[opensource-dev] TPV Policy makes Secondlife *content* incompatible with CC-SA licenses

Darmath darmath at tpg.com.au
Wed Feb 24 18:55:04 PST 2010


Brent Tubbs wrote:
>
>
> On Wed, Feb 24, 2010 at 5:53 PM, Jason Giglio <gigstaggart at gmail.com 
> <mailto:gigstaggart at gmail.com>> wrote:
>
>     Darmath wrote:
>     > Having read the TOS i'm comfortable in saying that it is reasonably
>     > clear that two exchanges don't take place, but that the agency
>     > situation, with LL existing as a mutual agent, would apply to SL.
>     >> Darmath wrote:
>
>     The CC-SA-By is not a contract, it's a copyright license.
>      Contract law
>     concepts are mostly irrelevant.
>
>     If you fail to comply with the license, then your right to distribute
>     the work terminates, and you are committing copyright infringement if
>     you continue to distribute.  You aren't in breach of contract.
>
>     Your remedies would be limited to those under copyright law, not
>     contract law.  This is a common confusion, mostly because
>     companies like
>     Microsoft have conflated copyright licenses with copyright law with
>     their contract-like EULAs.
>
>  
> You sound a lot more sure of this than I think is warranted.  There's 
> nothing stopping licenses from being contracts and vice versa.  If 
> there's an offer, an acceptance, and an exchange of value (even just 
> promises to do or not do something), then there's a contract, even if 
> the word "contract" never appears in the text.
>  
>
>
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>   
I'll start by saying i'm actually a law student. And whilst by no means 
does that make me a legal expert yet, and intellectual property law is 
not something that i have examined in depth (but will do according to 
the laws of Australia where I reside over the course of the coming 
months) I must say that as a law student the logic behind the statement 
that a copyright licence is not a contract completely confounds. It 
confounds me to the point that in the absence of court authority to the 
contrary it will be outrightly rejected.

As I understand law surrounding copyright the transfers of rights in 
relation to a copyright is very much like the position with respect to 
leases and licenses with respect to real property (land). When I enter 
into a license in respect of land I enter into a contract that confers 
upon the licensee a right to enter my land. But that right is very much 
a contractual right. The contract confers in personam rights to the 
licensee that if I infringe I may be sued for in contract. Therefore if 
i wrongful interfere with your right to be on my land then i may be 
liable in contractual damages for the infringement of the. When the 
licensee however steps outside of the terms of our license then I 
terminate his contract with me under which he acquired rights to be on 
my land and then I enforce my property law rights against him to eject 
him from my land. Note that although neither of the parties may have 
referred to the license as a contract it is very much a contract.

In the case of a lease with respect to real property than the lessor and 
the lesses enter into a contract which transfers a proprietary interest 
to the lesssee. As between lessor and lessee their is both a contractual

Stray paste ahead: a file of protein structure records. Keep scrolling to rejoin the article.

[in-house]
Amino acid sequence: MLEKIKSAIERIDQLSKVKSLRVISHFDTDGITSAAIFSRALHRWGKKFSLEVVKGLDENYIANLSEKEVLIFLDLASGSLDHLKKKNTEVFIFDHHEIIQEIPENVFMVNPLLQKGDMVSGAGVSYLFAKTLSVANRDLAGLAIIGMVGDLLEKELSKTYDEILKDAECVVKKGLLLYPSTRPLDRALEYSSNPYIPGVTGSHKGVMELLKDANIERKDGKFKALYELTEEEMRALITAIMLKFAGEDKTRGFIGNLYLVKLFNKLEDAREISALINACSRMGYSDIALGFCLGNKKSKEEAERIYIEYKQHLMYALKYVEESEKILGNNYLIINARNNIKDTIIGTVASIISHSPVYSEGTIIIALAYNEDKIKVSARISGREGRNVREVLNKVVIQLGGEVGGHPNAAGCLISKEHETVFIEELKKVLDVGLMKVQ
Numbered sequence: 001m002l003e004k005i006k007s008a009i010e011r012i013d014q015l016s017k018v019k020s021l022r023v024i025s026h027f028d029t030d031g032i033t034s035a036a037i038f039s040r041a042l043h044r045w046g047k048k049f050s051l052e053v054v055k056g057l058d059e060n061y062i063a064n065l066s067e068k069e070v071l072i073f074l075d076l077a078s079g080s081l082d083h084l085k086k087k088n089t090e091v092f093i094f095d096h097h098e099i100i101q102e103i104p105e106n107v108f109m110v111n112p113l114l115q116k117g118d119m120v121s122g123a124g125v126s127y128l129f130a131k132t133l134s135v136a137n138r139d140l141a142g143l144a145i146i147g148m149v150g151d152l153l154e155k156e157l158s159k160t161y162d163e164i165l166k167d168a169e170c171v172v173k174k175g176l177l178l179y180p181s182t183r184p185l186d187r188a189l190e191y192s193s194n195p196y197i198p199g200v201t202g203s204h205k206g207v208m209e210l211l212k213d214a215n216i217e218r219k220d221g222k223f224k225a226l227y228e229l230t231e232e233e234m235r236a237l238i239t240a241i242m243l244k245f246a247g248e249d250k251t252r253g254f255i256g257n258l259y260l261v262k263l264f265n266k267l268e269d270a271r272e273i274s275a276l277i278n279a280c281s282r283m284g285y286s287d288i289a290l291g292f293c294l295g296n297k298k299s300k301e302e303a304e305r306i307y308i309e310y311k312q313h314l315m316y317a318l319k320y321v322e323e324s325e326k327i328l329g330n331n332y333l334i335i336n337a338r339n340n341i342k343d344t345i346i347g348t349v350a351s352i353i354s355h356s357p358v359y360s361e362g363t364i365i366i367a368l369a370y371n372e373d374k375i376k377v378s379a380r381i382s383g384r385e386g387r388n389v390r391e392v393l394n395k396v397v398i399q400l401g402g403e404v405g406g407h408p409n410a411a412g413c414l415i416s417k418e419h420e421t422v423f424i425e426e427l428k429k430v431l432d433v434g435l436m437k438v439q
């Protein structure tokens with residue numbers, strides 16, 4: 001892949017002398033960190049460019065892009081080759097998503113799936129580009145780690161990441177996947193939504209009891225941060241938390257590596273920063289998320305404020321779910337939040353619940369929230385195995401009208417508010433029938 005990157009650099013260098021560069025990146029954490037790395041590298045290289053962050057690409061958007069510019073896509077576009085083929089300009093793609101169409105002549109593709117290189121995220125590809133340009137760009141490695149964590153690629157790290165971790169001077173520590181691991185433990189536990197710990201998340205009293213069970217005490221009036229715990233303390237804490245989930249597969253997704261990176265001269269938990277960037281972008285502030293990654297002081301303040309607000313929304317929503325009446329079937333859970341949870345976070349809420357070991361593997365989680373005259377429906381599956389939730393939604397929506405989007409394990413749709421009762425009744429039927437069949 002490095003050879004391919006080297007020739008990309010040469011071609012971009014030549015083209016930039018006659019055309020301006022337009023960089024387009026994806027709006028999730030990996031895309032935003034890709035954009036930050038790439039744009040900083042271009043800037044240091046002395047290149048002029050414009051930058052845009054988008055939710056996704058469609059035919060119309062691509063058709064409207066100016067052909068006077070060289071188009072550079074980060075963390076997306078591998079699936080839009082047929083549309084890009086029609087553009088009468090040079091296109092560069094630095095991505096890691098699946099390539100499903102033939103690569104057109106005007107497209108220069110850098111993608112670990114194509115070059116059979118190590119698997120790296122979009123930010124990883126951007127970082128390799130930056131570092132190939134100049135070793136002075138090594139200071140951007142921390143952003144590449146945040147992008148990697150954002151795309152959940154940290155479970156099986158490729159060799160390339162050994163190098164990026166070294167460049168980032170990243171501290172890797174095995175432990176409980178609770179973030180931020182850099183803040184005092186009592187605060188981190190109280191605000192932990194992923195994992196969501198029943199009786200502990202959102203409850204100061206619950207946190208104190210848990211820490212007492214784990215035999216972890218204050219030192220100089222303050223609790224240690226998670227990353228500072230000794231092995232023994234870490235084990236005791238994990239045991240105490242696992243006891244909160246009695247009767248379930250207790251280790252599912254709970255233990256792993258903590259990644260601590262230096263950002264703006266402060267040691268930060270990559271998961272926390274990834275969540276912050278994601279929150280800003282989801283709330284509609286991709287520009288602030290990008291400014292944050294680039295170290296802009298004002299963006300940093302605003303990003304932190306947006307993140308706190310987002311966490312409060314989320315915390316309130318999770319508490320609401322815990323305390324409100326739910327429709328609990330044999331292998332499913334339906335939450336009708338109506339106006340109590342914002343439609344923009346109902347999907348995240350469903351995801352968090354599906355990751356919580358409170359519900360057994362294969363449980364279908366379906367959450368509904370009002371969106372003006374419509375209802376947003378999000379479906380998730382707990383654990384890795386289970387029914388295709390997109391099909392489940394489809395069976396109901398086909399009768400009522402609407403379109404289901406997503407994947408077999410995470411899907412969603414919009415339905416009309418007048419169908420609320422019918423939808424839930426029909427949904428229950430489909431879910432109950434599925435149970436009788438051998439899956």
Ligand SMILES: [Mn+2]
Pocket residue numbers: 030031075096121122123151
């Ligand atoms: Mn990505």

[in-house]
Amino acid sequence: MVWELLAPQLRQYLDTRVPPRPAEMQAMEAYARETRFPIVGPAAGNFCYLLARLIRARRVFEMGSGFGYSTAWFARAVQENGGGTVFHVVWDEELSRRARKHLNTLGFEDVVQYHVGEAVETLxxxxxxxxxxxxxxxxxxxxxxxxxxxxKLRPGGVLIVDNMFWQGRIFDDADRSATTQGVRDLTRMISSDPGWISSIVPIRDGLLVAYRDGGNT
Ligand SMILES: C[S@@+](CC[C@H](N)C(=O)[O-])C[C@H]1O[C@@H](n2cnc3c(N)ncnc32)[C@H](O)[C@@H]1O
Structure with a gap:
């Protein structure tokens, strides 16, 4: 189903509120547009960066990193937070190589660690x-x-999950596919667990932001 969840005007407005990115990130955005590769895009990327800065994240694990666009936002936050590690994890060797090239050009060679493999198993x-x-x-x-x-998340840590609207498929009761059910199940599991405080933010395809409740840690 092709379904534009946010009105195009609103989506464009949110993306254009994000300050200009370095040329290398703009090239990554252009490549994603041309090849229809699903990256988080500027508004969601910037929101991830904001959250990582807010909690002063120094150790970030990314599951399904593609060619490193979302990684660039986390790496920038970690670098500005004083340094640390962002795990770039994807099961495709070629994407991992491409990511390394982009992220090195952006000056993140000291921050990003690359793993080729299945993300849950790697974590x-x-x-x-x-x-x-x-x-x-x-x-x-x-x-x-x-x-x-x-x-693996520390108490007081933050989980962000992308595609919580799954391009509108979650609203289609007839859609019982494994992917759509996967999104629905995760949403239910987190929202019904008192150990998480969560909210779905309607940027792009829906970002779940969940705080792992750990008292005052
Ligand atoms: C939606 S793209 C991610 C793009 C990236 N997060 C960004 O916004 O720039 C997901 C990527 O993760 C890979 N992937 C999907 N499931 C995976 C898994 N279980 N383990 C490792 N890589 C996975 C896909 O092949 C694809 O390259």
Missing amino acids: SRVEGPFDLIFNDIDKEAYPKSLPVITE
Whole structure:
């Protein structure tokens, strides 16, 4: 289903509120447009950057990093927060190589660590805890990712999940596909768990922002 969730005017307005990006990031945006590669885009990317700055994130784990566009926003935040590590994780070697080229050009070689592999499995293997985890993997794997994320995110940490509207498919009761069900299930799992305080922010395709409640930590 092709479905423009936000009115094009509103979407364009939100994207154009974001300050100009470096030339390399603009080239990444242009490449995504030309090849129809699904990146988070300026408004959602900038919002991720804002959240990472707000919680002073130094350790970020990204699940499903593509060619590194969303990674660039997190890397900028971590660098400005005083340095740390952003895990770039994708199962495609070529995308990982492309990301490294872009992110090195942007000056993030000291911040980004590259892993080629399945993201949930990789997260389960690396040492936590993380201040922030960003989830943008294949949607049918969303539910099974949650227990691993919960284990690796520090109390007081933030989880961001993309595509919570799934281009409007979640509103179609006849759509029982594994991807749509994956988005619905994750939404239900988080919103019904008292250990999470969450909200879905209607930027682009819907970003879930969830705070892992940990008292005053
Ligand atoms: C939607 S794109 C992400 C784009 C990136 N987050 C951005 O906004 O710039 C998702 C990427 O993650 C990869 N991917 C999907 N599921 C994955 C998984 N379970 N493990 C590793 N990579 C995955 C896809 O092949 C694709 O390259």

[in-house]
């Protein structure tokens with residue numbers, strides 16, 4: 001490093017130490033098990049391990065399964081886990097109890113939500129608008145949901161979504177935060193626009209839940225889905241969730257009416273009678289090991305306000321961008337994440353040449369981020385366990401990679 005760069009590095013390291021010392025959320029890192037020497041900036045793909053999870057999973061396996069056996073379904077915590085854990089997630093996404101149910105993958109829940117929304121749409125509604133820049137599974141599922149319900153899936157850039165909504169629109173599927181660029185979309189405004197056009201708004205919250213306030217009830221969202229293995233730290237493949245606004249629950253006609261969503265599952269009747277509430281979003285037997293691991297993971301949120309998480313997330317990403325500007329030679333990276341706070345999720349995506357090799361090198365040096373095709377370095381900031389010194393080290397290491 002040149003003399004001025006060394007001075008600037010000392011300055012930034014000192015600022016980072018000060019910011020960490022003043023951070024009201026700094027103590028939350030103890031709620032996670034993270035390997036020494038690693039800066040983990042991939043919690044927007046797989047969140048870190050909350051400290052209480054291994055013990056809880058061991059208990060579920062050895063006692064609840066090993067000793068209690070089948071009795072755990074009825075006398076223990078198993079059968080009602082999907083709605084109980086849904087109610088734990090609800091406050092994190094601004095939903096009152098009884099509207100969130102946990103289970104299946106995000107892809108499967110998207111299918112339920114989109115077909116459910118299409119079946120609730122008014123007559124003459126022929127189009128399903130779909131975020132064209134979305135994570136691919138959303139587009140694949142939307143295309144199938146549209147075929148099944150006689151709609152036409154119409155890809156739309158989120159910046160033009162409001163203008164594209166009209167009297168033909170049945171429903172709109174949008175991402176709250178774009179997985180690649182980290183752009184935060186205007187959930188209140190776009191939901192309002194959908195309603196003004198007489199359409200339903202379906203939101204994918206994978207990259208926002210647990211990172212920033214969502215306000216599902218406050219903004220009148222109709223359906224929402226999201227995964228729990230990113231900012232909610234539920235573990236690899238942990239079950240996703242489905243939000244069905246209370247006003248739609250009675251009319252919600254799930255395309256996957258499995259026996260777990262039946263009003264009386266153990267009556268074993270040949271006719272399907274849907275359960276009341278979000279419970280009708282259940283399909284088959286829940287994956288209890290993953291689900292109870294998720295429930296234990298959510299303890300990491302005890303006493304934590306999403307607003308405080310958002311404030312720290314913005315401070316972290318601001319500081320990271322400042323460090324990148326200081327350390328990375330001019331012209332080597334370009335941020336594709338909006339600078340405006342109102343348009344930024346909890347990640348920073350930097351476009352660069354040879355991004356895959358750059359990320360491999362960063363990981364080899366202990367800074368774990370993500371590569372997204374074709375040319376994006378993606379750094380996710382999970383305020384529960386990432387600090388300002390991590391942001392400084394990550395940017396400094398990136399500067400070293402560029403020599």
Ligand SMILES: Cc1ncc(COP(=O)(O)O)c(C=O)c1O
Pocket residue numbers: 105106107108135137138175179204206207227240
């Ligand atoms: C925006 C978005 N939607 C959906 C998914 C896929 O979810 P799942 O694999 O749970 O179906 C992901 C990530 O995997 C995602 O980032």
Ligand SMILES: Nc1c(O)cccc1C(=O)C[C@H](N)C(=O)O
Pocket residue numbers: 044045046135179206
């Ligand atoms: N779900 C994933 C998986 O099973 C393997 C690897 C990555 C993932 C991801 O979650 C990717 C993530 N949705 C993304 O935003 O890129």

relationship. That contractual relationship operated to transfer property.

Now you may be wondering why i'm discussing land law when the original 
topic was intellectual property, named copyright, then again you may not.

But in my opinion the real position, which i think you may have failed 
to understand is this. A copyright license in my opinion must in its 
nature be contractual. Like in the case of a license with respect to 
land I confer rights in respect of a property in this case the 
copyright. That is when I as a content creator enter into a copyright 
license i grant people the legal right, pursuant to a contract, to deal 
with my property. However, where the licensee steps outside the bounds 
of that agreement, I am entitled, just as i did in the case of the above 
position with regards to lands to terminate that agreement bringing an 
end to the licensees rights to act in relation to the property and then 
enforce my property rights against them that are created and regulated 
by statute. Perhaps the best way to appreciate why a copyright license 
would  constitute a contract is to consider the position of the licensee 
where the licensor of the copyright content decided that they would 
repudiate the license agreement unlawfully. Are you going to try and 
suggest to me that the licensee has no legal recourse? No i dont think 
you will. And if you accept that the licensee must have a legal recourse 
than ask yourself what  will the basis of their action be? Well surely 
that to me sounds like an action based upon the legal agreement that the 
licensee and licensor entered into that gave the licensee the rights to 
act in relation to the property? If it wasn't a contract there would be 
no legal recourse at all.

In otherwords why is it that the transfer of rights to act with respect 
to the property was effective at all. Sure the legislation of the 
relevant jurisidiction creates certain statutory licenses but the type 
of license, that we are discussing is not one, as I understand it, is 
not one that could be regarded as a statutory license of any sort.

Kind regards

Darren


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